South Shields, Roker and parts of Seaton Carew are among those meeting the excellent standard for bathing water in the North East.
Nineteen of the region's 34 waters have met the excellent standard, 11 are classified as good, three as sufficient and one as poor.
From this year, the method of assessing bathing water has changed. Now, compliance is based on the current and previous three years of sample data, which consists of 80 samples.
This is assessed against four new and stricter classifications of poor, sufficient, good and excellent. These samples are collected by the Environment Agency between May and September each year.
Northumbrian Water’s Wastewater Director, Richard Warneford, said: "Our £1 billion of investment over the last two decades is reflected in today’s results, which are in stark contrast to those in 2000, when only four of the bathing waters in the North East achieved the old guideline standard.
"Looking after the environment is at the heart of what we do. We are extremely proud of the contribution we have made to protect and improve our region’s stunning coastline through both investment and partnership working and we appreciate the significant impact that beaches have on tourism, the economy and the leisure industry.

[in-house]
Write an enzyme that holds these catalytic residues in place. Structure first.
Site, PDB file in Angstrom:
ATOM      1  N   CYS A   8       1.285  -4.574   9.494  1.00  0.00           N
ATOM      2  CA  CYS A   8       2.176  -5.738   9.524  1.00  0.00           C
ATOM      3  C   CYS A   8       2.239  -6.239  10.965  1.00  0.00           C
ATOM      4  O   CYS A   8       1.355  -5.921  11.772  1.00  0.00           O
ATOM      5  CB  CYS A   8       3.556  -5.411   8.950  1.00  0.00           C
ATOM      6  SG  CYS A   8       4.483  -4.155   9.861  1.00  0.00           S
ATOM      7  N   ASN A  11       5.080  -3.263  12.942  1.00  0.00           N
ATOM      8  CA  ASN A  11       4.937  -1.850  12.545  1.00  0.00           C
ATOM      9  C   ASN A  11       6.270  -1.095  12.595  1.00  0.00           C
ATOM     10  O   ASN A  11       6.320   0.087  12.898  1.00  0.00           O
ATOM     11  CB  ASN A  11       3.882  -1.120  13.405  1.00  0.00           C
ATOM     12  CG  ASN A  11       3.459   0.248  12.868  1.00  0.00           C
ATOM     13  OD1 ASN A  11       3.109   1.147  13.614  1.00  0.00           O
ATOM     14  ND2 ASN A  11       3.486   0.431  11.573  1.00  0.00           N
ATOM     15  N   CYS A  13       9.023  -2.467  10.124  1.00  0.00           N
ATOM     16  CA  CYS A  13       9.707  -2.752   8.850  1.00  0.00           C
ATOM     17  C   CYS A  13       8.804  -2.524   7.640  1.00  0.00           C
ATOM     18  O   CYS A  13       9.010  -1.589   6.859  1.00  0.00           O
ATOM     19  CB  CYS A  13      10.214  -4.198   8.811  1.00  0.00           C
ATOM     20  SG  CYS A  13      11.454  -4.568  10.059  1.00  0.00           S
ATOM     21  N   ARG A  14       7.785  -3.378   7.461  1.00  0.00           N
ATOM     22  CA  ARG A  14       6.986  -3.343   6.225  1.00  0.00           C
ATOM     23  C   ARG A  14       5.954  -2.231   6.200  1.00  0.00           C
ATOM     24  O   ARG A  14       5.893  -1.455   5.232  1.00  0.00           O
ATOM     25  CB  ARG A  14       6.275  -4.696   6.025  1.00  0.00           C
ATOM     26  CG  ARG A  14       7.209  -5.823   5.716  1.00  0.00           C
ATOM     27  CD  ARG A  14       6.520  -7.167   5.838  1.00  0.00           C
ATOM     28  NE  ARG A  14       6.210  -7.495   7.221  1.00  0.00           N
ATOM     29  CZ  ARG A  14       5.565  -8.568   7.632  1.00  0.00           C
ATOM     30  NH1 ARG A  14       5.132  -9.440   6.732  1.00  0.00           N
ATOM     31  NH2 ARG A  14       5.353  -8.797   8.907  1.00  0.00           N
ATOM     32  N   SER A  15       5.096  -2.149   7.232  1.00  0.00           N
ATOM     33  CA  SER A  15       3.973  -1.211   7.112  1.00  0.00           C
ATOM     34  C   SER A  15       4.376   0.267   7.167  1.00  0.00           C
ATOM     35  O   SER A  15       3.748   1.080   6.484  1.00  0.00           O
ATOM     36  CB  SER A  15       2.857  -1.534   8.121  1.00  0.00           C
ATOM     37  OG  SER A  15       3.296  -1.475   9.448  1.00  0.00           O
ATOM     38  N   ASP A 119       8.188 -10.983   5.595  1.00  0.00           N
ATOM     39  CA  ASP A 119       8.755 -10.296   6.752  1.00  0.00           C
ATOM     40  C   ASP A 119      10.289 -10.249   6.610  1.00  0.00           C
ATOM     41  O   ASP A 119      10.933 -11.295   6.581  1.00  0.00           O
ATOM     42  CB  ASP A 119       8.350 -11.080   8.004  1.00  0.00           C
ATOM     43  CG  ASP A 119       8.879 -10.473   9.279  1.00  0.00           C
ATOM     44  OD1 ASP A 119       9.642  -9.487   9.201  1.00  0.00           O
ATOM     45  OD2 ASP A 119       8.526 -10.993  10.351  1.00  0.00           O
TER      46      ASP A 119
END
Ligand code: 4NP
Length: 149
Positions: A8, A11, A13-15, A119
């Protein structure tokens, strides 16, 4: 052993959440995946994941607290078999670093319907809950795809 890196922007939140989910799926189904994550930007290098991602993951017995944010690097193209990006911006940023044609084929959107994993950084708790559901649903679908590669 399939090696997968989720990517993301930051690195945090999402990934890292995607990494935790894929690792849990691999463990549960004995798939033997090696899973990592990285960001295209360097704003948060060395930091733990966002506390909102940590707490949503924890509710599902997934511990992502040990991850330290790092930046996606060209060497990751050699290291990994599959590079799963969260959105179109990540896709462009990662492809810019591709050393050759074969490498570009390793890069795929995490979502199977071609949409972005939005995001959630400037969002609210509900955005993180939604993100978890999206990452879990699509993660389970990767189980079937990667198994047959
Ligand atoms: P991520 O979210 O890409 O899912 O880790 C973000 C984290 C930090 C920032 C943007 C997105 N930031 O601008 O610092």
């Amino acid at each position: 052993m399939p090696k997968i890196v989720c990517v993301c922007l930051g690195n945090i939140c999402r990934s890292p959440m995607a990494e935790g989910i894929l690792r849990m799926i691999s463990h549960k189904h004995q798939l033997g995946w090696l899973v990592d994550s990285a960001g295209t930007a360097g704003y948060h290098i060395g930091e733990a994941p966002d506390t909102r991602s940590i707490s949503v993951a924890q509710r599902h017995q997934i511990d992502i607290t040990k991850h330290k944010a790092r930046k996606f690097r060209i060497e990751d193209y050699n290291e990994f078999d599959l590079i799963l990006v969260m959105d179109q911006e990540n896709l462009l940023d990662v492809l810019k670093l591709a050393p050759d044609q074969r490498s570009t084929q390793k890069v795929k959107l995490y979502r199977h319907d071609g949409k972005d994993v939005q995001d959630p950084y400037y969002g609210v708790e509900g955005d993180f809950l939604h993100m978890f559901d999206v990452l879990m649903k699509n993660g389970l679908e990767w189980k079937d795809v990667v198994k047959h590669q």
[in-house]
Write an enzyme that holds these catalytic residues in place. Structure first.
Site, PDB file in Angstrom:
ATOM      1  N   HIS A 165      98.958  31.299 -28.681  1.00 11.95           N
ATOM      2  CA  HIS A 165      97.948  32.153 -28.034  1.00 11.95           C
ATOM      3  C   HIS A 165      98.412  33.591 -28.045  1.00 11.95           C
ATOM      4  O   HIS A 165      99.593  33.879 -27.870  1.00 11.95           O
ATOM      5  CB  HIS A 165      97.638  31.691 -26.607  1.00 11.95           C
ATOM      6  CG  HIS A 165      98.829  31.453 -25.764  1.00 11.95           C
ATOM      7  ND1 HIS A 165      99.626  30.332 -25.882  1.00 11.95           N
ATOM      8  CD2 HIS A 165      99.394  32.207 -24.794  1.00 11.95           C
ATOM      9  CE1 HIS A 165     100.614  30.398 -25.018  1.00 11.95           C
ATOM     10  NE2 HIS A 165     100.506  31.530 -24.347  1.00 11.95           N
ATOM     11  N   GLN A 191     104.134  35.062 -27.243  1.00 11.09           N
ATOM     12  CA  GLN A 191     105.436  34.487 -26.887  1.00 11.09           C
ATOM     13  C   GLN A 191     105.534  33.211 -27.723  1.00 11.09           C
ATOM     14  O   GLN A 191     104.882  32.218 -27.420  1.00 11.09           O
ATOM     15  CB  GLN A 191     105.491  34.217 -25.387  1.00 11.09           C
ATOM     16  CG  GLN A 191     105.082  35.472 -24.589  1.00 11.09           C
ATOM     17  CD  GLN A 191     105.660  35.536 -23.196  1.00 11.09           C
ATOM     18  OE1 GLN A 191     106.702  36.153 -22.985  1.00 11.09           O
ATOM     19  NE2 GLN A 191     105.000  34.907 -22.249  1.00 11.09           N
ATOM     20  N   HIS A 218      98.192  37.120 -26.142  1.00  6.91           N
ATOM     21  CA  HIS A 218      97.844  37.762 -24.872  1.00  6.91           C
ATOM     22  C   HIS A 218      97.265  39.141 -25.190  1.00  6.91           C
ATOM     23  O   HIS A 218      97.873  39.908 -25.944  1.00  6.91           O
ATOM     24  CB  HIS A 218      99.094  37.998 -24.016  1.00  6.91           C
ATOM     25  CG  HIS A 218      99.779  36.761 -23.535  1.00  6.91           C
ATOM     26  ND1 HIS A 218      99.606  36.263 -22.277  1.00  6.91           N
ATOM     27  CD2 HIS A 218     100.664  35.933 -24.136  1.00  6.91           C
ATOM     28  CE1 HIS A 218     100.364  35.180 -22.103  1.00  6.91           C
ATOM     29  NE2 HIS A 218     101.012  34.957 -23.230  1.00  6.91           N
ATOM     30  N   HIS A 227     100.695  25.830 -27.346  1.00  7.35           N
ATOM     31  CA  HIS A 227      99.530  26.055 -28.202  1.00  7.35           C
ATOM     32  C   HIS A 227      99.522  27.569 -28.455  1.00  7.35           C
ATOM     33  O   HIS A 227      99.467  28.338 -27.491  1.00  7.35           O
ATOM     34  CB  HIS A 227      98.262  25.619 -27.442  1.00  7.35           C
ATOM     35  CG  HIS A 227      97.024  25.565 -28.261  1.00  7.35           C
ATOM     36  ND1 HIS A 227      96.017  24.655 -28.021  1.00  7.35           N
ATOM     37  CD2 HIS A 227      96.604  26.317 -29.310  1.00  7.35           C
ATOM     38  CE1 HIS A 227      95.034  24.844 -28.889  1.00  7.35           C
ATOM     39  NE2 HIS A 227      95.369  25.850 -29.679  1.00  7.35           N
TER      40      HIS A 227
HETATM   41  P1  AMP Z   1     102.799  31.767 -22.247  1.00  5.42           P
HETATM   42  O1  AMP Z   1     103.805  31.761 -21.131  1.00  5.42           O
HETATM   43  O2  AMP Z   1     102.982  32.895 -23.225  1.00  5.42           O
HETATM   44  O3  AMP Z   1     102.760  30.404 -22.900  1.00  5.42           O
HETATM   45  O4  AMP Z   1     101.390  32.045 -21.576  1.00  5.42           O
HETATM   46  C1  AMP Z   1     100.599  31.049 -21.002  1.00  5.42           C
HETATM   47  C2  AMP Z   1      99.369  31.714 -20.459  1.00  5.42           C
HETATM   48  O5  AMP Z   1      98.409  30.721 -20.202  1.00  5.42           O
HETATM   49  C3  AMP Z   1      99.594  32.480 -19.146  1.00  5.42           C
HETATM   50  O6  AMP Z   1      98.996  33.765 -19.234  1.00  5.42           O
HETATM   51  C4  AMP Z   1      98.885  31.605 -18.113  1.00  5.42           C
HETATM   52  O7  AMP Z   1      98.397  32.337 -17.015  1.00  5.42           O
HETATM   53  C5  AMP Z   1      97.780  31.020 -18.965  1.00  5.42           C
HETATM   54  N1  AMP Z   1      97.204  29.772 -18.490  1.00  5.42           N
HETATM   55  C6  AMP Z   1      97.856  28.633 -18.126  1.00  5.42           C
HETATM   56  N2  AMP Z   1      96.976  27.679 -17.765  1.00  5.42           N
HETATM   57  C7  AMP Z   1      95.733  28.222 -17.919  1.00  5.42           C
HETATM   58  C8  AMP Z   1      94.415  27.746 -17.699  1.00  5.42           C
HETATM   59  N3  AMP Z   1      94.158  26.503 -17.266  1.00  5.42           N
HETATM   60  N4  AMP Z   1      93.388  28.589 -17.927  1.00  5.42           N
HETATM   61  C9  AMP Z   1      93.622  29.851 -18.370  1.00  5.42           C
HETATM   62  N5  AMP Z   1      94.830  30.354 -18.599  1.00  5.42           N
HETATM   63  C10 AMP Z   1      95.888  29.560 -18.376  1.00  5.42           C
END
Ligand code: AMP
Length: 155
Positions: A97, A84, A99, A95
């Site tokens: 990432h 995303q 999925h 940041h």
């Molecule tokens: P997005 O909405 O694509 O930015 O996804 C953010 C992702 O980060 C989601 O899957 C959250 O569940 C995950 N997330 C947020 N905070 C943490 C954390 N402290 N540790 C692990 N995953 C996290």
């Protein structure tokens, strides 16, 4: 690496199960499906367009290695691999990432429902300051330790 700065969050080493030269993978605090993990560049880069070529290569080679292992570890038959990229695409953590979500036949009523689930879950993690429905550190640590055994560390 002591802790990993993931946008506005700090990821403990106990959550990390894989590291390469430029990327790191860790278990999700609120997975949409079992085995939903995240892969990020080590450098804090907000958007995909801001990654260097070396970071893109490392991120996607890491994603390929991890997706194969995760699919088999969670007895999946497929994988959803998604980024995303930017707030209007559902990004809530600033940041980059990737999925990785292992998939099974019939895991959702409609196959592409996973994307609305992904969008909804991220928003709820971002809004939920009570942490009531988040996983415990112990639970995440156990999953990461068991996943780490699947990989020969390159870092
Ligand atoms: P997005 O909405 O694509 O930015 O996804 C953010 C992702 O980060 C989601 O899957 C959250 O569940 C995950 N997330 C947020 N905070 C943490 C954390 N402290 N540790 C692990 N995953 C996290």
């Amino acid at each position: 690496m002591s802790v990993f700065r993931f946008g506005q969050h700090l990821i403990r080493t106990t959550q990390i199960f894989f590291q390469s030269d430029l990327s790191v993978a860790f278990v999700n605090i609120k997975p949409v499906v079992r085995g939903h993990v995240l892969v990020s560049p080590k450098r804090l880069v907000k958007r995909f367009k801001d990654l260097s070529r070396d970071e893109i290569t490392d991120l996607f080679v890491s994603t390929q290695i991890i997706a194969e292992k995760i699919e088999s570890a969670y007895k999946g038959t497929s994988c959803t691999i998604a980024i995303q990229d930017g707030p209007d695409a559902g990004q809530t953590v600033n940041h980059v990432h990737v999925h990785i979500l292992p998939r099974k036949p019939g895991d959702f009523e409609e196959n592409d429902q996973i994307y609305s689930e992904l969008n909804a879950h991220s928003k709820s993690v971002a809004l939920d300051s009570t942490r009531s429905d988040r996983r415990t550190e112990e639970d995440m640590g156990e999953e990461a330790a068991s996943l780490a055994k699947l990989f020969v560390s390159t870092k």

"Partnership working is particularly important as diffuse pollution, which includes run off from roads and agricultural land, can also have a negative impact on bathing water quality."
Waters achieving the excellent standard are:
Druridge Bay North
Druridge Bay South
Tynemouth Long Sands North
Tynemouth Long Sands South
Tynemouth King Edwards Bay
Seaburn (Whitburn North)
Roker (Whitburn South)
Seaton Carew (North Gare).
Waters achieving the good standard are:
Seaton Carew (Centre)
Redcar Lifeboat Station
Marske Sands and Saltburn
Seaham Hall, Seaham and Seaton Carew (North) are classified as sufficient and Spittal is the only bathing water to be classified as poor.
Investigative work, due to be completed by 2017, will be carried out by Northumbrian Water to identify sources of pollution in Seaton Carew, Redcar and Marske.
Work has already taken place this year to increase storm water storage and reduce the amount of wastewater that spills into the sea at Seaham and Seaham Hall. A multi-million pound scheme has also been carried out to prevent wastewater from flowing into Skelton Beck and to increase storm water storage at Guisborough, both of which will improve Saltburn’s bathing water quality.